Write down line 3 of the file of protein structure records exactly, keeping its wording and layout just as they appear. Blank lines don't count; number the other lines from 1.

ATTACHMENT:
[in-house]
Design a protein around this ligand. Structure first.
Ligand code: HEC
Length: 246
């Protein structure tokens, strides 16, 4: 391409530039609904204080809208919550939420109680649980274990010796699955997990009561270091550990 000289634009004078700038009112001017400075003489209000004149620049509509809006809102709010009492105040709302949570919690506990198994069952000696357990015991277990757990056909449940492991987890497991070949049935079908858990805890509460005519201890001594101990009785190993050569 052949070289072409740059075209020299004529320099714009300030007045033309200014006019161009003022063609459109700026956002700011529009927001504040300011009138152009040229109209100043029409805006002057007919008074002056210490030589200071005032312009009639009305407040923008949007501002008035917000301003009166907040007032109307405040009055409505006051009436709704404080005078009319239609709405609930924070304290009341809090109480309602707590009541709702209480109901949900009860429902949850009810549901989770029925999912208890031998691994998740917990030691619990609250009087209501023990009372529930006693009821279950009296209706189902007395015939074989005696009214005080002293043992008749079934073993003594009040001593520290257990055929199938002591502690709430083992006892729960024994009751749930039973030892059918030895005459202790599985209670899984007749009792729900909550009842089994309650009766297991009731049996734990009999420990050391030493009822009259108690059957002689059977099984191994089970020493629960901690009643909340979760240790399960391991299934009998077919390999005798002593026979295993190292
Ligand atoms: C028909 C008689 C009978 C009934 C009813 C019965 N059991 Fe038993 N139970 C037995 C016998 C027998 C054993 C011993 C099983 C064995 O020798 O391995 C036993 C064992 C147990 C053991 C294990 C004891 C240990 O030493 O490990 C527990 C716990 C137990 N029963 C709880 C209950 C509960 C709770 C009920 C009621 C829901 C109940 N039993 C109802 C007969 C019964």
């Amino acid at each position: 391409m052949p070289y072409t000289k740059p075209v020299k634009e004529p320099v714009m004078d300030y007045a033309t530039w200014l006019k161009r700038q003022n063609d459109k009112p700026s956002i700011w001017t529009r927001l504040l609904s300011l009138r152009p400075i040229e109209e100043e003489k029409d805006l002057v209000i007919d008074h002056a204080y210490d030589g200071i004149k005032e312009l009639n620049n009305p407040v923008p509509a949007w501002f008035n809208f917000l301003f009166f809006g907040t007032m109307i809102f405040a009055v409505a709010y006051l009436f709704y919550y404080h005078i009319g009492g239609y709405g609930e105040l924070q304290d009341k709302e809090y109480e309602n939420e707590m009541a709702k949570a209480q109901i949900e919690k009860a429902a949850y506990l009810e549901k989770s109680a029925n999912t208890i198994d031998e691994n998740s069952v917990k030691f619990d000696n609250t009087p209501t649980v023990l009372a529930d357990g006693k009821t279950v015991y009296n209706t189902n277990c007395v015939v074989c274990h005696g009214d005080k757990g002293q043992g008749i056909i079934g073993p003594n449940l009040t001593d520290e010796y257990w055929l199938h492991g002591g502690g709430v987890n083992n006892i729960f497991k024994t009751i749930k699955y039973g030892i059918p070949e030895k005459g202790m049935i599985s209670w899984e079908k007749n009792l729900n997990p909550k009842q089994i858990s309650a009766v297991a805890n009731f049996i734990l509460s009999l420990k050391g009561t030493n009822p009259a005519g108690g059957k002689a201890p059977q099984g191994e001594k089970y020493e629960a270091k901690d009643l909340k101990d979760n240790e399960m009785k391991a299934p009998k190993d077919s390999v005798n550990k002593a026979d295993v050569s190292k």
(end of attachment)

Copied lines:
Ligand code: HEC